Sporting an iconic yellow submarine pulled by a team of bright seahorses, with a giant purple octopus tour guide directing the action, “Deep Sea Adventures” by the Burbank Tournament of Roses Association (BTORA) came home with the Fantasy Trophy for “most outstanding display of fantasy and imagination” in the 2013 Rose Parade.
We were present at the Rose Parade to see the swimming seahorses bob up and down, the eye on the enormous periscope blink open and shut, busy crabs building a sand castle at the rear of the float, and bubbles that added to the undersea ambience. We also had the privilege of being on hand Saturday, Jan. 12 to witness the deconstruct, the process of tearing a float down to the chassis.
At the Burbank float barn, it’s a huge party, complete with refreshments, lunch, and coins hidden in the foam covering for the kids to find.
Steve Edward, Vice President—Float of BTPORA, explained. About 20 years ago, he and another BTORA member were in the barn, still working on tearing the float apart in March, when they realized the process could be a lot faster and more fun.
“We decided to advertise a party and serve lunch. Pick a day and get it all done,” Edward said. That decision created the annual float deconstruction and barbecue event in January of each year. “I always say, ‘What better way to see how a float is built than to deconstruct it.’”
Now the float is dismantled, materials are divided to reuse, recycle, mulch, or discard, and the buckets and vials washed and disinfected, all in one day.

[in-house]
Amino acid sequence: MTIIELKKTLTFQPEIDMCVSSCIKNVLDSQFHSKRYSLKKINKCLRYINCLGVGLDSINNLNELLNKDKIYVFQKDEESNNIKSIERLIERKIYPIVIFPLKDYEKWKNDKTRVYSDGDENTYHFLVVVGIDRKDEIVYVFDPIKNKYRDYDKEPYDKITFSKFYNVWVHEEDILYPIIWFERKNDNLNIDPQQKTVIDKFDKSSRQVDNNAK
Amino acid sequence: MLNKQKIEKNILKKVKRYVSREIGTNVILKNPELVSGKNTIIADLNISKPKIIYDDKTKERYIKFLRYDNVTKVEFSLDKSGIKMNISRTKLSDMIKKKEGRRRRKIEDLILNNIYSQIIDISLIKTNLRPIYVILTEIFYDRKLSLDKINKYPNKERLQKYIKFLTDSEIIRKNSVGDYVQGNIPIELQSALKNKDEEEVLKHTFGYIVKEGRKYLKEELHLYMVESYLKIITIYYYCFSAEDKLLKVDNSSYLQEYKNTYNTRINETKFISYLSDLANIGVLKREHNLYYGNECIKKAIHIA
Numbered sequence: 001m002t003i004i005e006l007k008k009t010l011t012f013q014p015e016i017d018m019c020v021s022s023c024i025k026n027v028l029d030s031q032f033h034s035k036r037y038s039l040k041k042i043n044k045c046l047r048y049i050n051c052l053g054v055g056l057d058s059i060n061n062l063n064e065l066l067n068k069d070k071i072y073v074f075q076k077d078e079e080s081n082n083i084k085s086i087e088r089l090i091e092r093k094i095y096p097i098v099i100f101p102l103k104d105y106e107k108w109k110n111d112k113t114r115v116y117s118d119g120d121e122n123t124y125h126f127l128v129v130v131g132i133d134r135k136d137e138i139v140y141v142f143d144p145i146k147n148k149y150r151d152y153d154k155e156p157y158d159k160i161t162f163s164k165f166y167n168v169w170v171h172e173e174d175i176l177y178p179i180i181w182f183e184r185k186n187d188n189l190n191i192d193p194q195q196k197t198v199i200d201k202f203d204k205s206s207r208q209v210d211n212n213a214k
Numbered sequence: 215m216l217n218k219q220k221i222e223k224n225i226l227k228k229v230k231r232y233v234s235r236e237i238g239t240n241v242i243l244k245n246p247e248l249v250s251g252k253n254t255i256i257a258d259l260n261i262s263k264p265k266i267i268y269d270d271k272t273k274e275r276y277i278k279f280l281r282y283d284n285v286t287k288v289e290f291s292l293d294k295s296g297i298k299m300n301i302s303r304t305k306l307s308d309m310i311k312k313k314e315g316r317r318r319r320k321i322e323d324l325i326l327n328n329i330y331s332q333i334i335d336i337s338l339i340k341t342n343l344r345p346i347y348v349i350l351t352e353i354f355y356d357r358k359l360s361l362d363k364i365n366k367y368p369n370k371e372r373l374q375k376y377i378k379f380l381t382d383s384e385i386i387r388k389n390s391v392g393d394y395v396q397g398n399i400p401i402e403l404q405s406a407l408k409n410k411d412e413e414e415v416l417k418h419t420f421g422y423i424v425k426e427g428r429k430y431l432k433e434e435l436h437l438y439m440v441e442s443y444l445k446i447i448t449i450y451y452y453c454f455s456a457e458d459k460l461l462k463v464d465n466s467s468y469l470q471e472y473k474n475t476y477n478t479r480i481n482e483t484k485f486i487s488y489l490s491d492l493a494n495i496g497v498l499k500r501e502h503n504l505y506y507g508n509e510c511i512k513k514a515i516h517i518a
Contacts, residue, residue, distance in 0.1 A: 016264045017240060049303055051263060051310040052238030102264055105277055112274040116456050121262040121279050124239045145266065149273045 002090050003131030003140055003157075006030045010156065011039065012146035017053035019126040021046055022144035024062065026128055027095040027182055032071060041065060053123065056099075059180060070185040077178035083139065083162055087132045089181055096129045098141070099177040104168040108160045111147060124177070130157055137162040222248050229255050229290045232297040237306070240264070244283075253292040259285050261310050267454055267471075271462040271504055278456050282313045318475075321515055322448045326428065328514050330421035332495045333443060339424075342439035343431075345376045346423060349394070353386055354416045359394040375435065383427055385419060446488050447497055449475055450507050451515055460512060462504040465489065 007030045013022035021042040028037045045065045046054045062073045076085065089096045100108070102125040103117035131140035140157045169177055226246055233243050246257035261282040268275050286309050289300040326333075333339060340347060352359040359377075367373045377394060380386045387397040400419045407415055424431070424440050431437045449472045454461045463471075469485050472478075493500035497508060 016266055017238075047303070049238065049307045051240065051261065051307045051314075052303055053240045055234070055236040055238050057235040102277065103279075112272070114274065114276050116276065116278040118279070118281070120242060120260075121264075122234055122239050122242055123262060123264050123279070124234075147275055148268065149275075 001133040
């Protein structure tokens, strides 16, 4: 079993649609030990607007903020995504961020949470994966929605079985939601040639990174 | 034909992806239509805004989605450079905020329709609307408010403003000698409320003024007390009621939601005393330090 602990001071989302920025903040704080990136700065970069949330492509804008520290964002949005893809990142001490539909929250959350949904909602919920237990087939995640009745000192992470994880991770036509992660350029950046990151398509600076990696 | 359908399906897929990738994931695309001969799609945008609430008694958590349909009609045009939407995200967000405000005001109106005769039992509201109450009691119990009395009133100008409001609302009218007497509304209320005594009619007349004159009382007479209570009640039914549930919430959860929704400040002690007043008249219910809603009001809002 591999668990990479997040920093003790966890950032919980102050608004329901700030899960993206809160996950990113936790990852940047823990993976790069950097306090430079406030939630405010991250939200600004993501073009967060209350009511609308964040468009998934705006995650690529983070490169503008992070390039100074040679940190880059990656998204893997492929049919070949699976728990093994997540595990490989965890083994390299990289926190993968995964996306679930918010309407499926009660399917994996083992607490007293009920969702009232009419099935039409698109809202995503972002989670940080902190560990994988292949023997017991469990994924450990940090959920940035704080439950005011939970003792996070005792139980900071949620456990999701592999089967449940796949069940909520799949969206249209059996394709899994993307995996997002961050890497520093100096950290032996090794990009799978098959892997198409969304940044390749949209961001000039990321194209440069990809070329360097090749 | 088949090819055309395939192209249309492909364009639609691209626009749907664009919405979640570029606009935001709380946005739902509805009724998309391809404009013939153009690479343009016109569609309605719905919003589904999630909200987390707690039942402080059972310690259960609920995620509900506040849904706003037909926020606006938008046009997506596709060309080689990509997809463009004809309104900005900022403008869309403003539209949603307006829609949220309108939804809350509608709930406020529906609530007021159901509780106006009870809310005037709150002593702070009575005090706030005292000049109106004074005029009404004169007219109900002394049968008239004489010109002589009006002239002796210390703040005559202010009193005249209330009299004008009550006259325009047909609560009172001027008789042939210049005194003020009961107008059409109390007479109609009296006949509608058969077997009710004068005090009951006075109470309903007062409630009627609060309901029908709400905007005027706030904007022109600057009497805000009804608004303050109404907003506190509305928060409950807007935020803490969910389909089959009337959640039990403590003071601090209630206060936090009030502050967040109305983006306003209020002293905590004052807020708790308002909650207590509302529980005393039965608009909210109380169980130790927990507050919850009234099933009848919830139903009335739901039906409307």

With design concepts due to the Tournament of Roses in February and an all-volunteer crew, it’s important to be ready to start work on the float for the following year as soon as possible. As self-builders, BTORA and other float committees open design contests to the public. Find out how at “Design a Rose Parade float for the 2014 parade.”
BTORA, like the City of Burbank which it represents in the Rose Parade, is serious about environmental concerns. Even the float barn on the Burbank Water and Power lot has been designated a Burbank Showcase Building for its energy efficiency.
“I’m very excited about this building,” he said, pointing out the skylights that provide enough sunlight on most days that the electrical lights do not need to be turned on. It has tankless water heaters, push-button toilets, and a soda machine with a smart motion sensor that powers down when no one is about. The lighting is scheduled to be upgraded soon as well.
The float itself is also environmentally friendly. It is one of the few Rose Parade floats that runs on propane (the others are also self-built). Steel that can be reused is stored away, and the scrap is sold to recyclers to raise funds. The city mulches and composts the botanical material. Many of the decorations were collected around the city for use on the float.
The float association builds two floats a year, one for the Rose Parade and a smaller one for Burbank on Parade in April. “A lot of components are tucked away and reused in Burbank on Parade,” Edward said.
“The City of Burbank is very big in conservation. So is BTORA. It’s the right thing to do.”
Note: Self-built float associations rely on donations and fundraisers to pay for their entries and volunteers to put them together. The six self-built floats are Burbank, Cal Poly, Downey, La Canada Flintrige, Sierra Madre,and South Pasadena. Follow the links to see how you might become involved.
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